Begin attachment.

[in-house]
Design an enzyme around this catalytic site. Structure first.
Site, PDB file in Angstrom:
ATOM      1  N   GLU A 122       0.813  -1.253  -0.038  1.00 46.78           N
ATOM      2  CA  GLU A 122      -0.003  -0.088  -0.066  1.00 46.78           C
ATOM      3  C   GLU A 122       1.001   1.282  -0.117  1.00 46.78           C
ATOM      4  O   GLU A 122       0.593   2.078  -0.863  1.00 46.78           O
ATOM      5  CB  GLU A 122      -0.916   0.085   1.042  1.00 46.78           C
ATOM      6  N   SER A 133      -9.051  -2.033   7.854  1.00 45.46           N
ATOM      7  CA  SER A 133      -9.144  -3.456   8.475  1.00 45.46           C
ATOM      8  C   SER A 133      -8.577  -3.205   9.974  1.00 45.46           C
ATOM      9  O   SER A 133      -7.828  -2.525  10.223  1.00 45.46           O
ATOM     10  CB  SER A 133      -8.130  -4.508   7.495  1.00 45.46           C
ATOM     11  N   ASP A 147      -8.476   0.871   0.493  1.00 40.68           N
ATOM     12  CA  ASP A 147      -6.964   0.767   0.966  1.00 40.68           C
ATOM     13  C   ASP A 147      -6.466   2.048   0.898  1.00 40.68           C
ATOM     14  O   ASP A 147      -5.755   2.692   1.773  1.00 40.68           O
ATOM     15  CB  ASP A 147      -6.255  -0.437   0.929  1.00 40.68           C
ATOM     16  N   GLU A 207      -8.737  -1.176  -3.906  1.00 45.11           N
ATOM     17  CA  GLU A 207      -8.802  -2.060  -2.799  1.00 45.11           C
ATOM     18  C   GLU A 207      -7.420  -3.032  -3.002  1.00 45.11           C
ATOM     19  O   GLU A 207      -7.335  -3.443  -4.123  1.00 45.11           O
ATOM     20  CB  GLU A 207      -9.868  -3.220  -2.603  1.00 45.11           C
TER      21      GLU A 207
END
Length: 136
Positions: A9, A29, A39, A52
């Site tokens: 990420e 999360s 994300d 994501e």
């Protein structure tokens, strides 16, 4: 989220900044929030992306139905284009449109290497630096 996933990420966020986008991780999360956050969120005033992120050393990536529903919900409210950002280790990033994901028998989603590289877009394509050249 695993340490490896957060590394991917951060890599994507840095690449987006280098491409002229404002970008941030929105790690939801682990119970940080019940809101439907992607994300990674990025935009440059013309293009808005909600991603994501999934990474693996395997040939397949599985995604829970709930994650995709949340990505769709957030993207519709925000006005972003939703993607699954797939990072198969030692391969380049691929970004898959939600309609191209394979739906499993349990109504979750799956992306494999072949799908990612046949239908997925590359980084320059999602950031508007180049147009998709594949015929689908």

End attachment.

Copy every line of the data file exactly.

[in-house]
Design an enzyme around this catalytic site. Structure first.
Site, PDB file in Angstrom:
ATOM      1  N   GLU A 122       0.813  -1.253  -0.038  1.00 46.78           N
ATOM      2  CA  GLU A 122      -0.003  -0.088  -0.066  1.00 46.78           C
ATOM      3  C   GLU A 122       1.001   1.282  -0.117  1.00 46.78           C
ATOM      4  O   GLU A 122       0.593   2.078  -0.863  1.00 46.78           O
ATOM      5  CB  GLU A 122      -0.916   0.085   1.042  1.00 46.78           C
ATOM      6  N   SER A 133      -9.051  -2.033   7.854  1.00 45.46           N
ATOM      7  CA  SER A 133      -9.144  -3.456   8.475  1.00 45.46           C
ATOM      8  C   SER A 133      -8.577  -3.205   9.974  1.00 45.46           C
ATOM      9  O   SER A 133      -7.828  -2.525  10.223  1.00 45.46           O
ATOM     10  CB  SER A 133      -8.130  -4.508   7.495  1.00 45.46           C
ATOM     11  N   ASP A 147      -8.476   0.871   0.493  1.00 40.68           N
ATOM     12  CA  ASP A 147      -6.964   0.767   0.966  1.00 40.68           C
ATOM     13  C   ASP A 147      -6.466   2.048   0.898  1.00 40.68           C
ATOM     14  O   ASP A 147      -5.755   2.692   1.773  1.00 40.68           O
ATOM     15  CB  ASP A 147      -6.255  -0.437   0.929  1.00 40.68           C
ATOM     16  N   GLU A 207      -8.737  -1.176  -3.906  1.00 45.11           N
ATOM     17  CA  GLU A 207      -8.802  -2.060  -2.799  1.00 45.11           C
ATOM     18  C   GLU A 207      -7.420  -3.032  -3.002  1.00 45.11           C
ATOM     19  O   GLU A 207      -7.335  -3.443  -4.123  1.00 45.11           O
ATOM     20  CB  GLU A 207      -9.868  -3.220  -2.603  1.00 45.11           C
TER      21      GLU A 207
END
Length: 136
Positions: A9, A29, A39, A52
């Site tokens: 990420e 999360s 994300d 994501e």
């Protein structure tokens, strides 16, 4: 989220900044929030992306139905284009449109290497630096 996933990420966020986008991780999360956050969120005033992120050393990536529903919900409210950002280790990033994901028998989603590289877009394509050249 695993340490490896957060590394991917951060890599994507840095690449987006280098491409002229404002970008941030929105790690939801682990119970940080019940809101439907992607994300990674990025935009440059013309293009808005909600991603994501999934990474693996395997040939397949599985995604829970709930994650995709949340990505769709957030993207519709925000006005972003939703993607699954797939990072198969030692391969380049691929970004898959939600309609191209394979739906499993349990109504979750799956992306494999072949799908990612046949239908997925590359980084320059999602950031508007180049147009998709594949015929689908």